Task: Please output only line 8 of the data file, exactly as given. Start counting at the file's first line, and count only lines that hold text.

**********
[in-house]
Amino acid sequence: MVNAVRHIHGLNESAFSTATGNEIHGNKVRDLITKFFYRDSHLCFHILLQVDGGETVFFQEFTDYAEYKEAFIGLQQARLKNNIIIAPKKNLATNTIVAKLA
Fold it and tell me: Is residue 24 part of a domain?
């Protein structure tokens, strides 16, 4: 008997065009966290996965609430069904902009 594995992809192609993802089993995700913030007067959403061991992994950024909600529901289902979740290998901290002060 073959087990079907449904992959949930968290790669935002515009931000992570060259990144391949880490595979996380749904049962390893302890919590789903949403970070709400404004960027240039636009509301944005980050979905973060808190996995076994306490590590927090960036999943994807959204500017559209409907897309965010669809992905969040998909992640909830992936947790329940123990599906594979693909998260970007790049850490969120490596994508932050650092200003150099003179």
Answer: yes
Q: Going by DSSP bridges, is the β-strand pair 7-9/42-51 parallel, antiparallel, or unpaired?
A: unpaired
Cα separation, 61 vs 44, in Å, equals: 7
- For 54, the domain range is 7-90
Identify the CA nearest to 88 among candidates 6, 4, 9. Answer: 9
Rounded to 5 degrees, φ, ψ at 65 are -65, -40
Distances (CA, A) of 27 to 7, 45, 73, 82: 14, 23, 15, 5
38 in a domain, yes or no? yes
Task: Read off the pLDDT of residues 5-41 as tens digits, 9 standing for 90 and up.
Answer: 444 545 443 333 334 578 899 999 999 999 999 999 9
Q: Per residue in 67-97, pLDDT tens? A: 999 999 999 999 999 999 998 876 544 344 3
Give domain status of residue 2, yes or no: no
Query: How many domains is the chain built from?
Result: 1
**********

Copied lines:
Cα separation, 61 vs 44, in Å, equals: 7